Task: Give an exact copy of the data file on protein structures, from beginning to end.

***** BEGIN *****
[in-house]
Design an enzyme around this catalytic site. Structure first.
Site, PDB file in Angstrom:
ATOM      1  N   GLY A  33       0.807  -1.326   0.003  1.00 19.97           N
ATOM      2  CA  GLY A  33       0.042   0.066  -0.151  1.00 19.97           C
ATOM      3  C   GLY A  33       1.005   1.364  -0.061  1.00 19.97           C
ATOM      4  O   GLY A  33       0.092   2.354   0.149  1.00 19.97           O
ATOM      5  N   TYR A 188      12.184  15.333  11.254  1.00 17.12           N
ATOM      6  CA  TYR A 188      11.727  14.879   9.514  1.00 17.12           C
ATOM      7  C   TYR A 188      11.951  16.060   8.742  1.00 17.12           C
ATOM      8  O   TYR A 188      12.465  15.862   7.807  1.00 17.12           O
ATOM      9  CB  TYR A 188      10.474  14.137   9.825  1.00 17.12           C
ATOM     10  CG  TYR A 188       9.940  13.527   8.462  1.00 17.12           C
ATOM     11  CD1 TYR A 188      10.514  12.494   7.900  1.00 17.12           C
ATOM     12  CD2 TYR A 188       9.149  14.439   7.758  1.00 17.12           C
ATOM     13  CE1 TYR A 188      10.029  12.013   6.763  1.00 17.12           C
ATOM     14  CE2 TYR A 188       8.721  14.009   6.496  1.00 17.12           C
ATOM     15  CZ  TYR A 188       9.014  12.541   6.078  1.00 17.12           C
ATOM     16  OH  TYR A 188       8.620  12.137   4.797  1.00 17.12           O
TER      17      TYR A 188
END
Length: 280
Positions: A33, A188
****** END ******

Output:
[in-house]
Design an enzyme around this catalytic site. Structure first.
Site, PDB file in Angstrom:
ATOM      1  N   GLY A  33       0.807  -1.326   0.003  1.00 19.97           N
ATOM      2  CA  GLY A  33       0.042   0.066  -0.151  1.00 19.97           C
ATOM      3  C   GLY A  33       1.005   1.364  -0.061  1.00 19.97           C
ATOM      4  O   GLY A  33       0.092   2.354   0.149  1.00 19.97           O
ATOM      5  N   TYR A 188      12.184  15.333  11.254  1.00 17.12           N
ATOM      6  CA  TYR A 188      11.727  14.879   9.514  1.00 17.12           C
ATOM      7  C   TYR A 188      11.951  16.060   8.742  1.00 17.12           C
ATOM      8  O   TYR A 188      12.465  15.862   7.807  1.00 17.12           O
ATOM      9  CB  TYR A 188      10.474  14.137   9.825  1.00 17.12           C
ATOM     10  CG  TYR A 188       9.940  13.527   8.462  1.00 17.12           C
ATOM     11  CD1 TYR A 188      10.514  12.494   7.900  1.00 17.12           C
ATOM     12  CD2 TYR A 188       9.149  14.439   7.758  1.00 17.12           C
ATOM     13  CE1 TYR A 188      10.029  12.013   6.763  1.00 17.12           C
ATOM     14  CE2 TYR A 188       8.721  14.009   6.496  1.00 17.12           C
ATOM     15  CZ  TYR A 188       9.014  12.541   6.078  1.00 17.12           C
ATOM     16  OH  TYR A 188       8.620  12.137   4.797  1.00 17.12           O
TER      17      TYR A 188
END
Length: 280
Positions: A33, A188